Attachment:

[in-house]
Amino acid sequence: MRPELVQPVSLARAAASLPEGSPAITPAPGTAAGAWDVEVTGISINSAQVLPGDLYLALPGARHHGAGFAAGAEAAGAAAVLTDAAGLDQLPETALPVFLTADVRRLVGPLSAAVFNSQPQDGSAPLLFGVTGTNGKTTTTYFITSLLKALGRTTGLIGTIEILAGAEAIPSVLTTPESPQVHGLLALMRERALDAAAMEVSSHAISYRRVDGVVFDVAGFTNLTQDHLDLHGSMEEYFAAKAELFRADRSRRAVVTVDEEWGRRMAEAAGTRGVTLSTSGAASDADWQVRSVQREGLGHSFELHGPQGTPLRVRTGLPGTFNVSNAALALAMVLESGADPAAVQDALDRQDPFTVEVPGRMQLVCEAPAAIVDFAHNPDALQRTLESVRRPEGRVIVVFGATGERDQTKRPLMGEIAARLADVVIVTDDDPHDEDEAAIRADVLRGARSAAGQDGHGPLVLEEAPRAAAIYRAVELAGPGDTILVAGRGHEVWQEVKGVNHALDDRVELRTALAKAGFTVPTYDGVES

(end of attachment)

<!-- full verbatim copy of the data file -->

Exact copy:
[in-house]
Amino acid sequence: MRPELVQPVSLARAAASLPEGSPAITPAPGTAAGAWDVEVTGISINSAQVLPGDLYLALPGARHHGAGFAAGAEAAGAAAVLTDAAGLDQLPETALPVFLTADVRRLVGPLSAAVFNSQPQDGSAPLLFGVTGTNGKTTTTYFITSLLKALGRTTGLIGTIEILAGAEAIPSVLTTPESPQVHGLLALMRERALDAAAMEVSSHAISYRRVDGVVFDVAGFTNLTQDHLDLHGSMEEYFAAKAELFRADRSRRAVVTVDEEWGRRMAEAAGTRGVTLSTSGAASDADWQVRSVQREGLGHSFELHGPQGTPLRVRTGLPGTFNVSNAALALAMVLESGADPAAVQDALDRQDPFTVEVPGRMQLVCEAPAAIVDFAHNPDALQRTLESVRRPEGRVIVVFGATGERDQTKRPLMGEIAARLADVVIVTDDDPHDEDEAAIRADVLRGARSAAGQDGHGPLVLEEAPRAAAIYRAVELAGPGDTILVAGRGHEVWQEVKGVNHALDDRVELRTALAKAGFTVPTYDGVES